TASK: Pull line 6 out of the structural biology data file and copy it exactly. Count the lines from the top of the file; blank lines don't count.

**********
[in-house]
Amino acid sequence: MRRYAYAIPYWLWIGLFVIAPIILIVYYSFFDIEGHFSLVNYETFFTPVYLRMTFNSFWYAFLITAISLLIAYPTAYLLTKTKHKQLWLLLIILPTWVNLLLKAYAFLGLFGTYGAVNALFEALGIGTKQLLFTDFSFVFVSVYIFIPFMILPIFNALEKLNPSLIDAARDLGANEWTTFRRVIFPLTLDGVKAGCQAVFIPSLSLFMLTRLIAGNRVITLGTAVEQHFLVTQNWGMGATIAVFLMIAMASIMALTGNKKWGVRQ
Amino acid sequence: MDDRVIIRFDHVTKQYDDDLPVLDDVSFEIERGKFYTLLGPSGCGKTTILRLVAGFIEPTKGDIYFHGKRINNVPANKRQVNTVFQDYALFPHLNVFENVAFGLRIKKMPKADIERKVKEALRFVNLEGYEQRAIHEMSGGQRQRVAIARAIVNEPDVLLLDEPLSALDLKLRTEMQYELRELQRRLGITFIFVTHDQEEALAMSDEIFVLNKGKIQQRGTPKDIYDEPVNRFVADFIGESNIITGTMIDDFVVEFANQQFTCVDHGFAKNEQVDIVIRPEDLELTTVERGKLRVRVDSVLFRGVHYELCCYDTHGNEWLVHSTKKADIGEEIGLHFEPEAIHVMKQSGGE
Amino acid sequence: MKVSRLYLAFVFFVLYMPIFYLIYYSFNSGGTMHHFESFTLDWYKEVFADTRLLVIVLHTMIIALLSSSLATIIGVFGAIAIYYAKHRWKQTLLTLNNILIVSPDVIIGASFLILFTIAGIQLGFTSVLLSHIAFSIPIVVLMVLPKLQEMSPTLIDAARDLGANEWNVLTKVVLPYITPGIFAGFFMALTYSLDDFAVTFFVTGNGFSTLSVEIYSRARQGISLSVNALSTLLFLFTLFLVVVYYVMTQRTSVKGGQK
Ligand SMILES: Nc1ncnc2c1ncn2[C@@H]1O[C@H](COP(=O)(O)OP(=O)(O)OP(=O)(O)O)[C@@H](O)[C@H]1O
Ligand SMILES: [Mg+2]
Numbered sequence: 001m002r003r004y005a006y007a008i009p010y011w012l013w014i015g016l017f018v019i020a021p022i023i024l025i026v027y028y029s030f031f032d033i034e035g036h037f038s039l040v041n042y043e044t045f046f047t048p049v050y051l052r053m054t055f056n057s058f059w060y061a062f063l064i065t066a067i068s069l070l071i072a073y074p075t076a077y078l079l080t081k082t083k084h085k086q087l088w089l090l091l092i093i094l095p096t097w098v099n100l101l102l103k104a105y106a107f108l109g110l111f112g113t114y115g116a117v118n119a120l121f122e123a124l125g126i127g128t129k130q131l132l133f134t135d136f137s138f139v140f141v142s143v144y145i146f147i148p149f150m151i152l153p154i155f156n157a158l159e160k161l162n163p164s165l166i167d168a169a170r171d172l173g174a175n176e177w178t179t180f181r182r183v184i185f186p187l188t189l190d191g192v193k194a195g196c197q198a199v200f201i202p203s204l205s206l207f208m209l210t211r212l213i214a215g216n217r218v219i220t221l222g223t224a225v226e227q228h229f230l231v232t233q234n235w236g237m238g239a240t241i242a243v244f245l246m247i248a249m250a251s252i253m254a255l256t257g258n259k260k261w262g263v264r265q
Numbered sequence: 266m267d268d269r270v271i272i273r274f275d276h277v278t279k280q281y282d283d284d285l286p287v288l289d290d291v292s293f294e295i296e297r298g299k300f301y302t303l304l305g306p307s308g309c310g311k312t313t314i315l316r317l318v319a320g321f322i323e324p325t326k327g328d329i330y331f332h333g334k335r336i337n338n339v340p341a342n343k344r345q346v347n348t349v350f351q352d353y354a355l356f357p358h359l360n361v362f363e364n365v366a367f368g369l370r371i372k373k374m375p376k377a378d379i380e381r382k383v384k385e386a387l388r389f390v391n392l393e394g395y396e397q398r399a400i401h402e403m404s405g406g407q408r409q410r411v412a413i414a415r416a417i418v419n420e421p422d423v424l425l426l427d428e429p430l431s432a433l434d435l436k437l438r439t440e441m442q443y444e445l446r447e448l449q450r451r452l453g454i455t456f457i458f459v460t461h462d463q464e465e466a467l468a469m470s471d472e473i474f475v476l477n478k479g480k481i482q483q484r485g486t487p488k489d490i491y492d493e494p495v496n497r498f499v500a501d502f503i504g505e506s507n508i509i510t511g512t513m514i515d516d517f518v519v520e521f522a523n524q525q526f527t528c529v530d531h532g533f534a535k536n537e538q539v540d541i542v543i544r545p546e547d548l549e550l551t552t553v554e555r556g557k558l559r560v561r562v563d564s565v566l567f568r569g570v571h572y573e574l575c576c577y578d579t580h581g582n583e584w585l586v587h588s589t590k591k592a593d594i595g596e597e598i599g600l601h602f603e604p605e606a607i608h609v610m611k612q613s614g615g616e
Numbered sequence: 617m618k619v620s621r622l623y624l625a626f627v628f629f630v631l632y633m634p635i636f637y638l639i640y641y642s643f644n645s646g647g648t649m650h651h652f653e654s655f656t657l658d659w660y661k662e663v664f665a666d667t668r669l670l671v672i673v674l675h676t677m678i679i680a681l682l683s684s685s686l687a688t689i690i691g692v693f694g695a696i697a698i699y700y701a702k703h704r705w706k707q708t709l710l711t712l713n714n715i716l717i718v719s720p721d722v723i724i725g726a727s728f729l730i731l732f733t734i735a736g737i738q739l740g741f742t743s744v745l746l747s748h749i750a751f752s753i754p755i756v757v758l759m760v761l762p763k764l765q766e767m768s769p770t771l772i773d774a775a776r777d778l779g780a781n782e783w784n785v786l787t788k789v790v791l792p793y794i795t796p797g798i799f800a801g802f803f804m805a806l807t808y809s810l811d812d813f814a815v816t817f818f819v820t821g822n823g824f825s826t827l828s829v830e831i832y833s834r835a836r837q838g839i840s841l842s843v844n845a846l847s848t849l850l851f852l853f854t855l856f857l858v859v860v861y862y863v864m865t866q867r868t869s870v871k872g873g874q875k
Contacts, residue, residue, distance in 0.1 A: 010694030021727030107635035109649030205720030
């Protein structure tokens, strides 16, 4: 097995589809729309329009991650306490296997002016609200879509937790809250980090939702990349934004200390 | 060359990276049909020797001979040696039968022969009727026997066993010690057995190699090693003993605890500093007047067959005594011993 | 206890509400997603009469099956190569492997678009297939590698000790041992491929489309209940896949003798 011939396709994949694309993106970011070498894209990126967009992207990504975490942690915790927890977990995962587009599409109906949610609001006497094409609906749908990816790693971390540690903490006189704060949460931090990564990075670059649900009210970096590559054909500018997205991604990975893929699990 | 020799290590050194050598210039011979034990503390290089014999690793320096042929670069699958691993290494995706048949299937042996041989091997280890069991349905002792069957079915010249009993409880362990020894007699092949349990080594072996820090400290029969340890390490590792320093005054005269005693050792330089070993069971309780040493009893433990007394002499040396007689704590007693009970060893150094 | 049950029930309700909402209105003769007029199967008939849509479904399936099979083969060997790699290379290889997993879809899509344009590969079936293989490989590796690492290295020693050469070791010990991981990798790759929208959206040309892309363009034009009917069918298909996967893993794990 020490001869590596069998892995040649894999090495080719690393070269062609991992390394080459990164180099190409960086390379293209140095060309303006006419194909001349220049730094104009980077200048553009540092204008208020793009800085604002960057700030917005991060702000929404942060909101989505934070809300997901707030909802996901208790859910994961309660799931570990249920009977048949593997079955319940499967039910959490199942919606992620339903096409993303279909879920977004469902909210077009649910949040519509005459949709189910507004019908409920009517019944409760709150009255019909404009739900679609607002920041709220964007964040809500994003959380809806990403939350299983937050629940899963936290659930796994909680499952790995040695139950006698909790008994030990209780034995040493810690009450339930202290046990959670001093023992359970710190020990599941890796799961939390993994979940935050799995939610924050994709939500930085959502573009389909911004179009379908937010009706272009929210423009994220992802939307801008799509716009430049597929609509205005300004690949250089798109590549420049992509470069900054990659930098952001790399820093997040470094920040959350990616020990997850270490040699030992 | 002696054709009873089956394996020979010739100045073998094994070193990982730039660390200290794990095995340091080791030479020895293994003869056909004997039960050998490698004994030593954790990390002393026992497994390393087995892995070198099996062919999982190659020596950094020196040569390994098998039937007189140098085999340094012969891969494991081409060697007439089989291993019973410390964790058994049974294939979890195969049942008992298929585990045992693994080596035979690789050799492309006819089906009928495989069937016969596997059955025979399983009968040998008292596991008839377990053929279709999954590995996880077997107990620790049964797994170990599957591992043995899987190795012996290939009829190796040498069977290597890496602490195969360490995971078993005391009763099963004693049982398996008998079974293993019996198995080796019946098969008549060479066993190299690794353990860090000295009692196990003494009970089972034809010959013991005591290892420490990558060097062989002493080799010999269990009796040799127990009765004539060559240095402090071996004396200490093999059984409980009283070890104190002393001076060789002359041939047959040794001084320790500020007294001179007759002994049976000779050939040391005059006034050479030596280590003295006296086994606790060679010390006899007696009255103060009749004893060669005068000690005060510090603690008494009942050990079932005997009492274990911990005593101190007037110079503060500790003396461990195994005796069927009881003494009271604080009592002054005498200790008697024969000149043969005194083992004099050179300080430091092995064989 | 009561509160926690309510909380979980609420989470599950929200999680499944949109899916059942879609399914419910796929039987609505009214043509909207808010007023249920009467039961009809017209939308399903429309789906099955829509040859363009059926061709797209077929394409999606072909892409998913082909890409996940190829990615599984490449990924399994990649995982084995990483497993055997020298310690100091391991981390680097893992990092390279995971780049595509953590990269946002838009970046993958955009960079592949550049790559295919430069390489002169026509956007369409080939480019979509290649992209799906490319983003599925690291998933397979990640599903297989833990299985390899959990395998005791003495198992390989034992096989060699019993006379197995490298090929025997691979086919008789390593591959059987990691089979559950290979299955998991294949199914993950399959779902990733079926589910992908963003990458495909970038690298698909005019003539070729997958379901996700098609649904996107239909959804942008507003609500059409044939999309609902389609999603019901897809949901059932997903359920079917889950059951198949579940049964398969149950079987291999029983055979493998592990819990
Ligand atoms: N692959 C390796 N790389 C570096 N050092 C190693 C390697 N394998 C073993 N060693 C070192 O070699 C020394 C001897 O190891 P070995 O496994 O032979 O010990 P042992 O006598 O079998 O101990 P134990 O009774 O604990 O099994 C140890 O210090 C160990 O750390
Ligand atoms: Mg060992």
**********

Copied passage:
Ligand SMILES: [Mg+2]